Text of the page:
This is technically a website and not necessarily a blog, but this is the best place to find resources and learn more about working with FHIR. The resources are excellent, and you’ll find some training opportunities as well. However, a lot of the information is aimed at developers, so it gets technical.
Three useful resources we like from the FHIR Website:
43. Firely Blog
When we searched this blog for FHIR information, the search results ended up being 12 pages worth of content. You may find a little marketing in some of the posts but most of them are packed with useful insights.
Three posts we like from Firely Blog:
- FHIR, the coolest of the uncool
- FHIR is no longer just about interoperability
- Startups in health, here’s your chance to learn FHIR
44. Hay on FHIR
This is a very technical blog aimed at developers. Actually, calling it technical is an understatement. If you’re looking for ideas on developing for FHIR or trying to solve a problem, the answer may be on this blog. It covers things from writing code to creating endpoints.
Three posts we like from Hay on FHIR:
The blog as a whole comes with information relevant to anyone in healthcare. We focused on the FHIR resources and some if it covers often-overlooked topics like the people behind FHIR and other things that technically don’t affect healthcare, but without the developers, FHIR may not exist.
Three posts we like from Healthcare Intersections:
- Clarifications about the FHIR Trademark
- The 3 Legs of the Health Informatics Standards Process
- #FHIR and Cancer Patient Empowerment – Mike’s story
46. HL7’s Blog
HL7 has more going on than just FHIR, so you’ll find the content on their official blog is varied. However, it’s one of the best places for innovators to learn about FHIR and upcoming events or training. They offer FHIR training for all skill levels, but you may have to wait for some of the classes to open.
Three posts we like from HL7’s Blog:
- What’s Next for Blue Button 2.0 and HL7 FHIR?
- HL7 Publishes FHIR® Release 4
- Collaborations Can Change the World
Most of the posts on FHIR are a few months old, but the information is still solid. Much of the content you find on FHIR leans toward the positive, so it’s nice to see some of the cons getting discussed as well.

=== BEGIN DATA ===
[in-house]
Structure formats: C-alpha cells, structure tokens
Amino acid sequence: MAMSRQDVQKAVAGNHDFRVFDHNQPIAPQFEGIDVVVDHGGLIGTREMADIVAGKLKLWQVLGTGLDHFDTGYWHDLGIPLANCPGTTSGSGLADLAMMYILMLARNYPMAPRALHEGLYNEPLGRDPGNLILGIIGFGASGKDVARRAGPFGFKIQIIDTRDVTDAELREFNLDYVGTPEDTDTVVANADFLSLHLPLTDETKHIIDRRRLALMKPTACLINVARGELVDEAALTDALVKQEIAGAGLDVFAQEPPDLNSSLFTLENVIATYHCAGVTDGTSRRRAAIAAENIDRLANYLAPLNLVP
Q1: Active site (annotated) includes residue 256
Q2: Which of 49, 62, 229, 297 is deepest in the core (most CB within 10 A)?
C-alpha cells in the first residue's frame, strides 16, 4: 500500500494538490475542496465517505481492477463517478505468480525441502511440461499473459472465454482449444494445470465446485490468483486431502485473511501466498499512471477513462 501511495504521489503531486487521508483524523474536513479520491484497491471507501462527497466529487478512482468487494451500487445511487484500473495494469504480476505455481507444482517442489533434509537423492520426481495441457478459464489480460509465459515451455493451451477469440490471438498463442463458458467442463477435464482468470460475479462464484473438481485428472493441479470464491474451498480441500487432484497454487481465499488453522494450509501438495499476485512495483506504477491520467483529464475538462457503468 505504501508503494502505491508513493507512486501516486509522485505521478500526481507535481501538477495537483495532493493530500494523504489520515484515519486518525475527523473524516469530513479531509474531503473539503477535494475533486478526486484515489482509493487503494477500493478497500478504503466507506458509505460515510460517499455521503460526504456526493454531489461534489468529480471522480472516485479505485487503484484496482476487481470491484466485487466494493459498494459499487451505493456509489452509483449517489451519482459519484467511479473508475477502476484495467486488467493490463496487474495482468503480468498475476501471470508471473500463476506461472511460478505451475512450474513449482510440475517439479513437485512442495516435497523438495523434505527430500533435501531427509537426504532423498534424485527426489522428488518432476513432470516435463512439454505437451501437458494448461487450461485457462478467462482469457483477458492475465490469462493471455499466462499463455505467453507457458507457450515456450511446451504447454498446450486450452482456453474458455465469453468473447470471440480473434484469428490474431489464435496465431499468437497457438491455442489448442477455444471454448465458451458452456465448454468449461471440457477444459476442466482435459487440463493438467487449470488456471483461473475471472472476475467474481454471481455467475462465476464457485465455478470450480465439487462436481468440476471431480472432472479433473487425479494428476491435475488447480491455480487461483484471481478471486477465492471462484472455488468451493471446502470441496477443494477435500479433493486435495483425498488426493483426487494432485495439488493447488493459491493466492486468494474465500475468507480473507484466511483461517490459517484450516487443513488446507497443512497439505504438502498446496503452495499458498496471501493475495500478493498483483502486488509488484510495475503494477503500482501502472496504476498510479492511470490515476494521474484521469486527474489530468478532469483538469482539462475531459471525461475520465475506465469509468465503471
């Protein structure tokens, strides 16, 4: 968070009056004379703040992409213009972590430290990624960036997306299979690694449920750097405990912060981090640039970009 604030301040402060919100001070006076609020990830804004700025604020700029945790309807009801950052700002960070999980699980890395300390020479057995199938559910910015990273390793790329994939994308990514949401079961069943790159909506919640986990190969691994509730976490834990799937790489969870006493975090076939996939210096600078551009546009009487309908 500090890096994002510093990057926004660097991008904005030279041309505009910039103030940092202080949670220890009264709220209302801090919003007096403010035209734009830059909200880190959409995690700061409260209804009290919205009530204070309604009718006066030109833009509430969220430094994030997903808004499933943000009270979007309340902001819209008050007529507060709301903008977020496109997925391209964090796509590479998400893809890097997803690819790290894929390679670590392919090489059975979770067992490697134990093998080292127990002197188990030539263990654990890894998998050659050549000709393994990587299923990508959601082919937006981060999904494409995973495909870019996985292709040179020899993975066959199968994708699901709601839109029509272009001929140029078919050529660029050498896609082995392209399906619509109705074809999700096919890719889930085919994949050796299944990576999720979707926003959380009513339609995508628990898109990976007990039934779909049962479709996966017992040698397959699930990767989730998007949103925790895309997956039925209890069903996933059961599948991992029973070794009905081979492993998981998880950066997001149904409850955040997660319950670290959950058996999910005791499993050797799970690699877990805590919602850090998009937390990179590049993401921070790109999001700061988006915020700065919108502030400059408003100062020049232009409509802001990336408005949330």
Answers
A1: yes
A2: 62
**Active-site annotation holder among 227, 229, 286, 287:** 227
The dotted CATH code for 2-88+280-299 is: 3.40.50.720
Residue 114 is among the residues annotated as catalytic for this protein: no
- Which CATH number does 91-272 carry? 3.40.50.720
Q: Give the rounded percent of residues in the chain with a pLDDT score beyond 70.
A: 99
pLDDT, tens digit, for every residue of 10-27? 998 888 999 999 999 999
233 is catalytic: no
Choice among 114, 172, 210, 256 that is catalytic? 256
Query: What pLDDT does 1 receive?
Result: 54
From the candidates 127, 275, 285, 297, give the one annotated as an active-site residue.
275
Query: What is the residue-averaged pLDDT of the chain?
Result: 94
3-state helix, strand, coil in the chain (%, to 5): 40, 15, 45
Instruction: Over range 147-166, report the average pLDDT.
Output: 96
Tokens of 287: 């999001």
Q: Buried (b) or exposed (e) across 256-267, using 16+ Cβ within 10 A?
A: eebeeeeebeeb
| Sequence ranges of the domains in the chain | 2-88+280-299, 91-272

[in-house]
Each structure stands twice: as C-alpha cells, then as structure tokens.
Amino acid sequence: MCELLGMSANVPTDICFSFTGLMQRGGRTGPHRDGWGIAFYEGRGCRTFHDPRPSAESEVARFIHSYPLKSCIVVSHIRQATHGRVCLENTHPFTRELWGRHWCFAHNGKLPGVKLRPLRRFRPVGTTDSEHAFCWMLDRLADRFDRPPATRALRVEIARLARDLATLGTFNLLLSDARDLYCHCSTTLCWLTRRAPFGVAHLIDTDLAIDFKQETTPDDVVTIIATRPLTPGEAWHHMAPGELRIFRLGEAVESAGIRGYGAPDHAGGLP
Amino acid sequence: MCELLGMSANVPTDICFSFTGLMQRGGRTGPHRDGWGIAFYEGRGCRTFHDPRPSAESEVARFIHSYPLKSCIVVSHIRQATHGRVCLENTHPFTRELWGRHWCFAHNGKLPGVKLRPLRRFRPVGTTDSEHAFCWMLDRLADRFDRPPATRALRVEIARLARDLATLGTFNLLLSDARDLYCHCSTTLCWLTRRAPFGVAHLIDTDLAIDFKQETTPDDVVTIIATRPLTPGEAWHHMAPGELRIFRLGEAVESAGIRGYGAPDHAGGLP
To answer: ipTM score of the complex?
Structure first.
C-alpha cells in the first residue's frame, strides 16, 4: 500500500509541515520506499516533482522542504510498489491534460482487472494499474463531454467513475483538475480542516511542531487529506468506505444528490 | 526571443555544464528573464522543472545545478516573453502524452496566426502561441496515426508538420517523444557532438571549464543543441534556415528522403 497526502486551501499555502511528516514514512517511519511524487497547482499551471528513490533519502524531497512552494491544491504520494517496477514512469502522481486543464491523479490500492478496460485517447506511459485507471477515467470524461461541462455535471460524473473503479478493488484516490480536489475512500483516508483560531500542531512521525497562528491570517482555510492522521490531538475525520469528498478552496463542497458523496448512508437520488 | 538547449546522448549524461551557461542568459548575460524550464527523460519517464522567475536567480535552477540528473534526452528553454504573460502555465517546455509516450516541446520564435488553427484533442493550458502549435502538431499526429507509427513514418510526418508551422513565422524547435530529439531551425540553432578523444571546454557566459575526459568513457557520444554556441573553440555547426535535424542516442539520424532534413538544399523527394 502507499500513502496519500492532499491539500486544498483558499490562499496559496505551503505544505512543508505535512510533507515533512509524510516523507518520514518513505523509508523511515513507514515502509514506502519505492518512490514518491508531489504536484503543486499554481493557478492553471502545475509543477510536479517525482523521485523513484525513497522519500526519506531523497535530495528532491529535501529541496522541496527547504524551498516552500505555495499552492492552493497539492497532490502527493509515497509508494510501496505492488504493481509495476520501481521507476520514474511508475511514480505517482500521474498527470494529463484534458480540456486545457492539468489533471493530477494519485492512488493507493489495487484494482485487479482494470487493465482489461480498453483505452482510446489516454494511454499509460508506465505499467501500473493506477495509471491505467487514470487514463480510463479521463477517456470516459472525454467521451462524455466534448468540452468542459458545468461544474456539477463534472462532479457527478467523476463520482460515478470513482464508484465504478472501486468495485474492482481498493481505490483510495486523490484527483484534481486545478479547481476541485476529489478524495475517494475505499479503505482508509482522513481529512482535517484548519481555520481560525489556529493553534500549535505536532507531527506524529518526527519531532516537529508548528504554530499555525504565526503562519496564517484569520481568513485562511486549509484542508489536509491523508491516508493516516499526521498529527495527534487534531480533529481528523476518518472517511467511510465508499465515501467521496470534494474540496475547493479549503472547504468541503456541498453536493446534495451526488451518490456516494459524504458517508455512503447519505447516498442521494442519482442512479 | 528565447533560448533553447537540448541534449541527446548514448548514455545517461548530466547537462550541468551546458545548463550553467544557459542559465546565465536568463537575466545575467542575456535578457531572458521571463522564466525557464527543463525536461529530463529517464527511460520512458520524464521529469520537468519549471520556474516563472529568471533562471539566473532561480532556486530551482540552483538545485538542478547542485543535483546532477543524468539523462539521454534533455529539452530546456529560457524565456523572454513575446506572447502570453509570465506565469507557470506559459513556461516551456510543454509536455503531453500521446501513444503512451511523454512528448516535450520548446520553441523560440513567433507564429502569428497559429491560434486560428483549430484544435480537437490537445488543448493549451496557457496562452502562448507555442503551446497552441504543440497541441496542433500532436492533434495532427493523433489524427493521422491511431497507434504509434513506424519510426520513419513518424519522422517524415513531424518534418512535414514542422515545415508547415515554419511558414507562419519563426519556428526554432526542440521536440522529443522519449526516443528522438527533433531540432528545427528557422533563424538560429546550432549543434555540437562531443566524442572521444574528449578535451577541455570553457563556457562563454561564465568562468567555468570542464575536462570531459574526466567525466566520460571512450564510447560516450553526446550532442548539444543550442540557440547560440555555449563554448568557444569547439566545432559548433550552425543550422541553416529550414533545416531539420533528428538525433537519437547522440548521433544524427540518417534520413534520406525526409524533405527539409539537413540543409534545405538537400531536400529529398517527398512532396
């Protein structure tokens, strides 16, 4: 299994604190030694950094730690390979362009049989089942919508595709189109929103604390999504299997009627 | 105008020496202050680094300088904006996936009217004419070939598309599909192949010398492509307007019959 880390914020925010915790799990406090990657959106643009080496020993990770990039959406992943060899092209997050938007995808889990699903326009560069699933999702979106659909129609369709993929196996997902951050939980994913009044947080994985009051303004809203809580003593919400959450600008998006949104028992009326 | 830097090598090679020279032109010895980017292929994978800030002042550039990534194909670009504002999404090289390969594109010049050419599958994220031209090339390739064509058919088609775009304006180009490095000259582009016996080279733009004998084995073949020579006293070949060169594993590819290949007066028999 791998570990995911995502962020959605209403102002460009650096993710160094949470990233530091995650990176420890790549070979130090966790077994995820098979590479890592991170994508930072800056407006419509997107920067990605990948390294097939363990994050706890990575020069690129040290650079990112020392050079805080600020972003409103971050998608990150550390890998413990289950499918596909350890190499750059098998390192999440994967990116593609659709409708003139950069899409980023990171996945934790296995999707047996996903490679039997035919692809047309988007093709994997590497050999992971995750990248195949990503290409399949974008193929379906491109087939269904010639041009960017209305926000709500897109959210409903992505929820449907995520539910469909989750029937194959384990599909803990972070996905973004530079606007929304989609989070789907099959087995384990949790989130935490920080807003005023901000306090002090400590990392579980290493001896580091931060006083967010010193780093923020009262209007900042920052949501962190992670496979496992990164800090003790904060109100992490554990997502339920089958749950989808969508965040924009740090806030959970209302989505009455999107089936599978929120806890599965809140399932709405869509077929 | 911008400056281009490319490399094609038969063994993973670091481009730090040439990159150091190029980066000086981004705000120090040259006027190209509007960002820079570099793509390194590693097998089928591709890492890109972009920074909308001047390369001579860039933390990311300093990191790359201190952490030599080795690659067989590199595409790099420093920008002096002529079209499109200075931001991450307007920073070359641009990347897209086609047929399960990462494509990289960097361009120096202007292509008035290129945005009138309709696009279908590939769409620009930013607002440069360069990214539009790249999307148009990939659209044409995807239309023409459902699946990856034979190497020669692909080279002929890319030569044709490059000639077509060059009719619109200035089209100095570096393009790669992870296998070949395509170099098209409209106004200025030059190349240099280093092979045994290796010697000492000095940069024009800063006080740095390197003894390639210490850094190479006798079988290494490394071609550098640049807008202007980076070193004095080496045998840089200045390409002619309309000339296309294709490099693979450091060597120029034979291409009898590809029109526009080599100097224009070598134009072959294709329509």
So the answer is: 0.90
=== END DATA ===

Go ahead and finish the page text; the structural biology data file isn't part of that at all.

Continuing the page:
Three posts we like from InterSystems Blog:
- Is Your Healthcare Organization Prepared for the Data Tsunami?
- Bottled Up: How Better Information Flow Can Empower Pharmacies and Patients
- Looking to 2018: How the newest innovations are reliant on a tried-and-true standard
48. Light My FHIR
This blog is a little dated, but much of the information is still valuable to developers. You’ll find workarounds and some technical information on coding things for web-based apps and the FHIR API. It’s all technical information aimed at people developing apps for FHIR.
Three posts we like from Light My FHIR:
- Maximizing Reuse in Healthcare Standards
- The Need for Faster Standards Development
- FHIR Profiling Made Easy
Forums Discussing FHIR
This is arguably the most popular forum for FHIR developers on the web. However, the forum isn’t very well organized, so get your keywords ready and plan to use the search feature a lot. The forum is active, and several users are typically online.
Three posts we like from FHIR Community Forum:
- Condition for simultaneously ordered diagnoses
- How to do business intelligence using FHIR
- Representing both short and long description in Coding
The HAPI Java server is one of the first things you find when you search for FHIR on Google after you scroll past the HL7 links. Their Java server has a lot of uses, and they’ve released a version aimed at FHIR that comes with some pre-configured options to help you get started. Their Google Group is the discussion point for all things HAPI, but many of the questions related to FHIR overall.
Three posts we like from HAPI Google Group:
- How to tell which patientId is using a particular practitioner
- Best way to author FHIR Profiles Can it be generated from Code?
- How do I print a JSON patient from server
Don’t miss Part I.